Another concern I saw pop up was not being able to access materials on your laptop during the test. One option would be to print out resources and have these with you while you take the test. But I really don’t think this is necessary. If you feel like you’re ready to step into editing professionally, you won’t need any extra resources with you. Everything you need is in that great big noggin of yours.

After the Test

It’s difficult to gauge the quantitative value that this qualification has added to my career. Having the qualification to point to while I’m still building up my portfolio has been helpful in proving my skills and worth to potential clients. And the confidence boost it’s given me has allowed me to better understand my value as an editor.

Since receiving my qualification, I landed a position as a judge with the novel contest Ink & Insights, I launched a speculative fiction magazine alongside my colleague Mahaila Smith called The Sprawl Mag and I had the chance to interview with Penguin Random House Canada.

The qualification has helped me stand out amongst my peers and land incredible opportunities that are helping me pursue my dream career.

If you have any other questions about my experience with the Editing Essentials test, feel free to leave them in the comments!


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4 Comments on “Editing Essentials: My Experience”

  • The link to The Sprawl doesn’t seem to be working…I’m interested in learning more about the magazine.

    The article is a good discussion about the exam and its purpose. I wonder if there are some sample questions posted somewhere to help give people a feel for what the questions are like?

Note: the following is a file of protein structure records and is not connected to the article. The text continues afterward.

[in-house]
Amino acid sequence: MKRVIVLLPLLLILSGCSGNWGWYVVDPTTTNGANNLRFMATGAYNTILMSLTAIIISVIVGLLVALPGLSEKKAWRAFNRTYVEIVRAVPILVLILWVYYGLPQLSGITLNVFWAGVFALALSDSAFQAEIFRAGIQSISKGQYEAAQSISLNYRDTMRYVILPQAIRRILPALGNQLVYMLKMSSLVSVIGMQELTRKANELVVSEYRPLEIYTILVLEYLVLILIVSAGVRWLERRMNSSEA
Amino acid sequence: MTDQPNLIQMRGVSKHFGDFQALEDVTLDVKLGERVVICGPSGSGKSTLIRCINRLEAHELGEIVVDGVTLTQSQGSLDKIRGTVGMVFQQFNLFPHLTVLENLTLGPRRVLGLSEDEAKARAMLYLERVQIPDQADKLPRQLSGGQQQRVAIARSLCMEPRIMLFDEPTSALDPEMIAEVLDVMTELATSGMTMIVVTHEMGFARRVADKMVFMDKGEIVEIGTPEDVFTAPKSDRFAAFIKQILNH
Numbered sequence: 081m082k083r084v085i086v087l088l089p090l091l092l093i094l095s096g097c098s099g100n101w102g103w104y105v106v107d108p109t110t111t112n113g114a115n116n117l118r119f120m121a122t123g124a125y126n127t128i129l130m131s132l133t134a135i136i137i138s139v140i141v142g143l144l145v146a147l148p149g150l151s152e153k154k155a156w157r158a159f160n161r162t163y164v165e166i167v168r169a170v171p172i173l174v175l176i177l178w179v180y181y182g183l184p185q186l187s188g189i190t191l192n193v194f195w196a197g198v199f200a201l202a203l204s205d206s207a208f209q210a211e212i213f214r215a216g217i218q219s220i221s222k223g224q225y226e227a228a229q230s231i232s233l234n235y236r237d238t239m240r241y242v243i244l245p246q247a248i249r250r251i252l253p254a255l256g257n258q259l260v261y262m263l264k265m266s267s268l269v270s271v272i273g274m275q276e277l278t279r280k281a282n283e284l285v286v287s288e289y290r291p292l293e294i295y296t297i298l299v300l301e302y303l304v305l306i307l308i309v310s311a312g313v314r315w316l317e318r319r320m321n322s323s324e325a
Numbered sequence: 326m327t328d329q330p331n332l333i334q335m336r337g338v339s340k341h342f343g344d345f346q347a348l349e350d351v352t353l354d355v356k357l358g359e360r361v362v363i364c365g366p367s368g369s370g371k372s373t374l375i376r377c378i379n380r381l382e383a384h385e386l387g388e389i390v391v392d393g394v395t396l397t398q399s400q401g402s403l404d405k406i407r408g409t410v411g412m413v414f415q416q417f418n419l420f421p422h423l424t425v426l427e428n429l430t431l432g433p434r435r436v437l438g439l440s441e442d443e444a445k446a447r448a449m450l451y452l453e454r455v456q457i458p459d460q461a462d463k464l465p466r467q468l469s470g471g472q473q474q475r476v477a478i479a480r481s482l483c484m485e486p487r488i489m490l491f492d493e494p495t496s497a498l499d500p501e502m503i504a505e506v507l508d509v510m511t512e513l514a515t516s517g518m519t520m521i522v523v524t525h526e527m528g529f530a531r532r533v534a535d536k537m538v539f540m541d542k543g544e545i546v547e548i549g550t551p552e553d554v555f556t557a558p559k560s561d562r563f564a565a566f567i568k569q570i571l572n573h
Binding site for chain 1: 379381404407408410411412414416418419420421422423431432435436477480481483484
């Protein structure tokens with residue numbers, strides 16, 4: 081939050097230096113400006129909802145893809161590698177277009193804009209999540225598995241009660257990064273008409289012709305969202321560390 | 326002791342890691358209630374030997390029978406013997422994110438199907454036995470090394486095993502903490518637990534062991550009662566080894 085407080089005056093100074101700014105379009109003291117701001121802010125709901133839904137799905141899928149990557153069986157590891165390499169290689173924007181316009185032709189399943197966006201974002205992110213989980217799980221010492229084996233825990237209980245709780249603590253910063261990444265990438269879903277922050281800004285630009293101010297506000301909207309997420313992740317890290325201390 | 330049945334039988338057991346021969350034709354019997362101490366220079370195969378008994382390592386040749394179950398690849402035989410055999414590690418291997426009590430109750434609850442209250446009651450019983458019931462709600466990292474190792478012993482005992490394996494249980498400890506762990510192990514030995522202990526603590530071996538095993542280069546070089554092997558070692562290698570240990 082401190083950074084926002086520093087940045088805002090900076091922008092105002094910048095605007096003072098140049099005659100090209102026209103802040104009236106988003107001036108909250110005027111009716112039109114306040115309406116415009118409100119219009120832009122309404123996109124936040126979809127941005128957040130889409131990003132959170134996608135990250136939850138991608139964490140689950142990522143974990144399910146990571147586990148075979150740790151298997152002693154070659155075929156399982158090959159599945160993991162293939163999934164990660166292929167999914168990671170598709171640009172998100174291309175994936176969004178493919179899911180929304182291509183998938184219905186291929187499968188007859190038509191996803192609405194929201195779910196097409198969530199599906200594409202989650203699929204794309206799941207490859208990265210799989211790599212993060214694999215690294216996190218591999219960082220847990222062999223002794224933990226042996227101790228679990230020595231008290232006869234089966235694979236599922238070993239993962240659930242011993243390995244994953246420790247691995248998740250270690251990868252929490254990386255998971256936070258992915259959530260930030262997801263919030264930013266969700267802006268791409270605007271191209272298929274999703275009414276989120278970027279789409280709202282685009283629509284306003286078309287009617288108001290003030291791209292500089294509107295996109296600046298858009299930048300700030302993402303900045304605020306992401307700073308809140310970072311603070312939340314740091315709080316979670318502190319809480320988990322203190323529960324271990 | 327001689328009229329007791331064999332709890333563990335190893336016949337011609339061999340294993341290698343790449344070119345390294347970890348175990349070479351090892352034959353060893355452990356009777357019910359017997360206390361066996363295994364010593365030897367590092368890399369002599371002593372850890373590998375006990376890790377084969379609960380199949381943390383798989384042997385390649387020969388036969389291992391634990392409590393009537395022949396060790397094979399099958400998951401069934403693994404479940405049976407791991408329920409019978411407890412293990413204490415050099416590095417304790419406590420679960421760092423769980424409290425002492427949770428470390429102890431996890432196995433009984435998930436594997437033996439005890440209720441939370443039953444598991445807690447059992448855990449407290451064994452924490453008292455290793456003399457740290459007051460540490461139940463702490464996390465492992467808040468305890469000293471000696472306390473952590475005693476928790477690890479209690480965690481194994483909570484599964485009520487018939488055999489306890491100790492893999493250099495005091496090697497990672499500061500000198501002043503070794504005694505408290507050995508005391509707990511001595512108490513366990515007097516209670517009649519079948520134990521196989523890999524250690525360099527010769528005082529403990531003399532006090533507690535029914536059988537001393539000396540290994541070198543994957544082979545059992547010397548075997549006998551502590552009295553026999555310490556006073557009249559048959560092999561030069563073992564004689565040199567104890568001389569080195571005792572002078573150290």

• Thanks for your interest! is the address for the magazine. We just started up this past May, and our first volume is being released on October 16th. It will contain speculative short stories, poetry, and a few art pieces. 🙂

      As for sample questions, I don’t believe there are any available at the moment. But I could definitely see that being a helpful resource!

  • Catherine


    Hello Libby!

    I really appreciated reading about your personal experience on taking the exam.

    I did a training similar to yours, but at Ottawa University, in French
    (Rédaction professionnelle et révision).

    Now, I am studying some books in order to help me prepare for the Editing Essentials, since it is only available in English :
    – Proofreading handbook, McGraw Hill’s
    – The Canadian Style, PWGSC Translation Bureau
    – Editing Canadian English, Editors Canada
    – Canadian Press Stylebook

    Please let me know if you would ever consider being a mentor yourself.
    The Student Affiliate FB group is discussing the possibility of organizing little study groups for the Editing Essentials. A bit of coaching – even a 1-hour session – would be fantastic!
    I think our next meetup Zoom session will be on October 12, in the evening.
    Your insight and experience would no doubt be a great source of help!

    • Catherine


      The Students Affiliates meeting will be this upcoming Sunday, October 2… tomorrow!
      Not October 12, sorry!!